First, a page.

Edward de Bono at VPSCIN 12 September 2006

I was fortunate to be able to attend a talk by Edward de Bono last week in Melbourne organised by VPSCIN.  I have read a fair bit on him and it was great to be able to see the man present.  Shawn at Anecdote did an interesting post on the session.

What I found particularly interesting was his links between systems, creativity and humour.  Edward said that “Any system that has input over time will be sub-optimal” as the purpose of our minds is to make stable patterns to make sense of reality.  Reality builds up from the input we receive.  To gain optimum performance, one often needs to totally redesign the system.  I was talking at work recently about the need to redesign Justice systems to better cope with the future and so this resonated with me.

Edward further said that all self-organising systems are asymmetric in that going from A to B tends to be quite convoluted but in hindsight, looking back from B to A is direct.  It is not logical in foresight but absolutely logical in hindsight.  And then he commented that this is why humour and creativity work the same way.  The joke or the insight is clear in hindsight but at the start it is unclear. 

To gain these insights, he provided four approaches.  These were:

  1. Challenge – place a block on the path so that you have to explore possibilities – example of drilling horizontally for oil or having electric batteries on car trailers.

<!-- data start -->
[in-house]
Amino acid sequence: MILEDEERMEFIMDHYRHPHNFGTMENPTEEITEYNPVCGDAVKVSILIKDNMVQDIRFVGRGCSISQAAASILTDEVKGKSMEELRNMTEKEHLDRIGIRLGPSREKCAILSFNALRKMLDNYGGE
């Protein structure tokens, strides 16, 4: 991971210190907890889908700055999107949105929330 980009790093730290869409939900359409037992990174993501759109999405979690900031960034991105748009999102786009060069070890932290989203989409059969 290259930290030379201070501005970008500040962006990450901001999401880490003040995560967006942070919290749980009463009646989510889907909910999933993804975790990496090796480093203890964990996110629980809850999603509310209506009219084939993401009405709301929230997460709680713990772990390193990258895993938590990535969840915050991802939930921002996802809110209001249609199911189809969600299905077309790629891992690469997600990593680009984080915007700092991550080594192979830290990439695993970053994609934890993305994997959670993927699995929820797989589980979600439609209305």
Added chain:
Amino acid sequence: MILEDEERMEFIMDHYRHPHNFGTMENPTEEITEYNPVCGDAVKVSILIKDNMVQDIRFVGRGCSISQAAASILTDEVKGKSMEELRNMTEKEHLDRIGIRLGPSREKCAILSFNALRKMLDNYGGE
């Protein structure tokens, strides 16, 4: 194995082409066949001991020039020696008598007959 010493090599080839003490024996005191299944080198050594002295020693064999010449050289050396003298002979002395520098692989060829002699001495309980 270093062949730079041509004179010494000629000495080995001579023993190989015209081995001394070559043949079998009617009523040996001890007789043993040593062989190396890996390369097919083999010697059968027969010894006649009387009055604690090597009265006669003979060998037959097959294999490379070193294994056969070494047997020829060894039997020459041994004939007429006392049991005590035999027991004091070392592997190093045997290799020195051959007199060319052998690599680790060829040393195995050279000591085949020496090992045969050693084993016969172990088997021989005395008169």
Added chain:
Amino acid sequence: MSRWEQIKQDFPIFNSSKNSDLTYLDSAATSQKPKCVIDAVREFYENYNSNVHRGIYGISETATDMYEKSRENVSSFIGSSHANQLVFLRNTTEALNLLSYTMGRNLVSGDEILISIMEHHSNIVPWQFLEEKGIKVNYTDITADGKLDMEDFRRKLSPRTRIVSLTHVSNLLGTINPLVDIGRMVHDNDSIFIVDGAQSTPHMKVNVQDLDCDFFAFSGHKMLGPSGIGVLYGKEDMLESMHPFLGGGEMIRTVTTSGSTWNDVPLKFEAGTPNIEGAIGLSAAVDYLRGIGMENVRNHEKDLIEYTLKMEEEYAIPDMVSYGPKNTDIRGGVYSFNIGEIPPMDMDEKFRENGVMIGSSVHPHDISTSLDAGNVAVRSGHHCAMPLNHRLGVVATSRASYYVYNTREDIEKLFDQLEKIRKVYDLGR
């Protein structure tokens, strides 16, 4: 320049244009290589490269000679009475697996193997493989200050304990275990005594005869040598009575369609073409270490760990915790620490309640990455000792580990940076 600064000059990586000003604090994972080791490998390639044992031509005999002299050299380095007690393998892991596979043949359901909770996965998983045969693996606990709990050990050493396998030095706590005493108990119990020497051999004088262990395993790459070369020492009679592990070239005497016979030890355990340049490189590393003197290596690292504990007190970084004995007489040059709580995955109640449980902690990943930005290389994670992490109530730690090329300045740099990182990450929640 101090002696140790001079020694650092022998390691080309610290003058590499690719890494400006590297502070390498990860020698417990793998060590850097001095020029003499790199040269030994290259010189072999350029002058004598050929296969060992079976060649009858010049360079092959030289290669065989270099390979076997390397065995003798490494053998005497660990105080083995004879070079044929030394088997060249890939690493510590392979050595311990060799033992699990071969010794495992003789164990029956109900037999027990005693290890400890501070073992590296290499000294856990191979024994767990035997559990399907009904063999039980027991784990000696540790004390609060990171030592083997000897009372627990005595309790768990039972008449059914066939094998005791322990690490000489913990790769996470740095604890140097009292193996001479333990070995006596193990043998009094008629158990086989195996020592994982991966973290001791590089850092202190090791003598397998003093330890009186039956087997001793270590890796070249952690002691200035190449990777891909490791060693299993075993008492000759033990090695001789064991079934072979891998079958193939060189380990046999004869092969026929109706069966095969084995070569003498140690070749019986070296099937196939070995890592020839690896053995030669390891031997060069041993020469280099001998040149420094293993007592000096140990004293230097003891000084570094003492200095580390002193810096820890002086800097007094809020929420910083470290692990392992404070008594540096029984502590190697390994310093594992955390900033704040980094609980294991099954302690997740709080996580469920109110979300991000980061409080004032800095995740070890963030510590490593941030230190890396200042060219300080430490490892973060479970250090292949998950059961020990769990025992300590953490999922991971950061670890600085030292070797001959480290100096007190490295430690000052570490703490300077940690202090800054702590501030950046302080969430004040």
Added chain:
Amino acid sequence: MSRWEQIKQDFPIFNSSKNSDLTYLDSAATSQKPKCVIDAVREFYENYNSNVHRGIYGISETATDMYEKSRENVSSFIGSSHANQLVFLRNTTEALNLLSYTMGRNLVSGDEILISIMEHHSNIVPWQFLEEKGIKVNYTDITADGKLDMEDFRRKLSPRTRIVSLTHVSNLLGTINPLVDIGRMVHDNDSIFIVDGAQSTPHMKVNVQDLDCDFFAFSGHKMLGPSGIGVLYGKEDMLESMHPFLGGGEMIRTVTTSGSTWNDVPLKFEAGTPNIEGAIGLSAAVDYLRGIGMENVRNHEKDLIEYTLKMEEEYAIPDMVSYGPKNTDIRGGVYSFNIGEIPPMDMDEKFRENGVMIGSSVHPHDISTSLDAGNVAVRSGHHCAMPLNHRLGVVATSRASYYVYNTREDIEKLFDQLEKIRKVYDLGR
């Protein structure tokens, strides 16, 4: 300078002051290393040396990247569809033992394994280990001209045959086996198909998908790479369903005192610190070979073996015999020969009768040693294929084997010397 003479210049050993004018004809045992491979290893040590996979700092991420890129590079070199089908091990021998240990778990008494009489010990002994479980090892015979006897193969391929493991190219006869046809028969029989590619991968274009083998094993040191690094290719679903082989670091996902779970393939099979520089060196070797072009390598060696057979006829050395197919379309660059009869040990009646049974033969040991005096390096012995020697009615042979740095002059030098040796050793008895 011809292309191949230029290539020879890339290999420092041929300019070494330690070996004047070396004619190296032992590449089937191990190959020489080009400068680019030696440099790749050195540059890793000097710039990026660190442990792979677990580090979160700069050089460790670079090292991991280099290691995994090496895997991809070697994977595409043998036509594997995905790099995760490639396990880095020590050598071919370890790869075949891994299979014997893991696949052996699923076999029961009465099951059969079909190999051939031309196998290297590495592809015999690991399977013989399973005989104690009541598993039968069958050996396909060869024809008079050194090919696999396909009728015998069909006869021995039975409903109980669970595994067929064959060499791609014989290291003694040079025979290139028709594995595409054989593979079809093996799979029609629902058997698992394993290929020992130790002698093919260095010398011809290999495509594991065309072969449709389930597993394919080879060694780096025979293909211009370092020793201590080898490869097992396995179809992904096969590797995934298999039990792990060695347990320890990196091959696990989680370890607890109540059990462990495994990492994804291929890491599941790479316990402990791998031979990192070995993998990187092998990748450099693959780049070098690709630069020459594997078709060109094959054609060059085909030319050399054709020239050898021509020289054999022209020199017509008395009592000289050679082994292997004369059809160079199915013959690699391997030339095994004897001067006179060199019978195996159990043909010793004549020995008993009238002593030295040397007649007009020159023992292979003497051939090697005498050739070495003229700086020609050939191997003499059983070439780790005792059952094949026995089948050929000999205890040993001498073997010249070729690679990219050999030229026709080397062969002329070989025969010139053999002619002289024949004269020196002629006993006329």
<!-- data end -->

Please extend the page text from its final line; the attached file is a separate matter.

2. Concept extraction – generate alternatives to gain direction/purpose and ideas = example of parking with the lights on
  3. Provocation (Po) – generate a provocative operation and see how you can move forward from it – examples of having square wheels on cars leading to the design of improved suspension or taxi drivers that don’t know the way.
  4. Chance – start thinking from a different point  – such as using a random word (needs to be a noun) or Newton getting hit by an apple.

 I compared this with some of the foresight techniques we use.  Po is one that is used quite a bit to come up with hare-brained alternatives.  But I was left with the impression that all of these are useful but only approach it from your own values-set and identity.  He didn’t mention how would someone totally different (from a different culture, set of beliefs, values, etc) would approach the issue.  This is something that is used in CLA or critical futures studies a lot more.

He finished by commenting that if God is perfect, then God cannot think, have humour or be creative as God already has the knowledge.  He also stated that 90% of errors of thinking are to do with our perception and that the biggest barrier to thinking and progress is in language.


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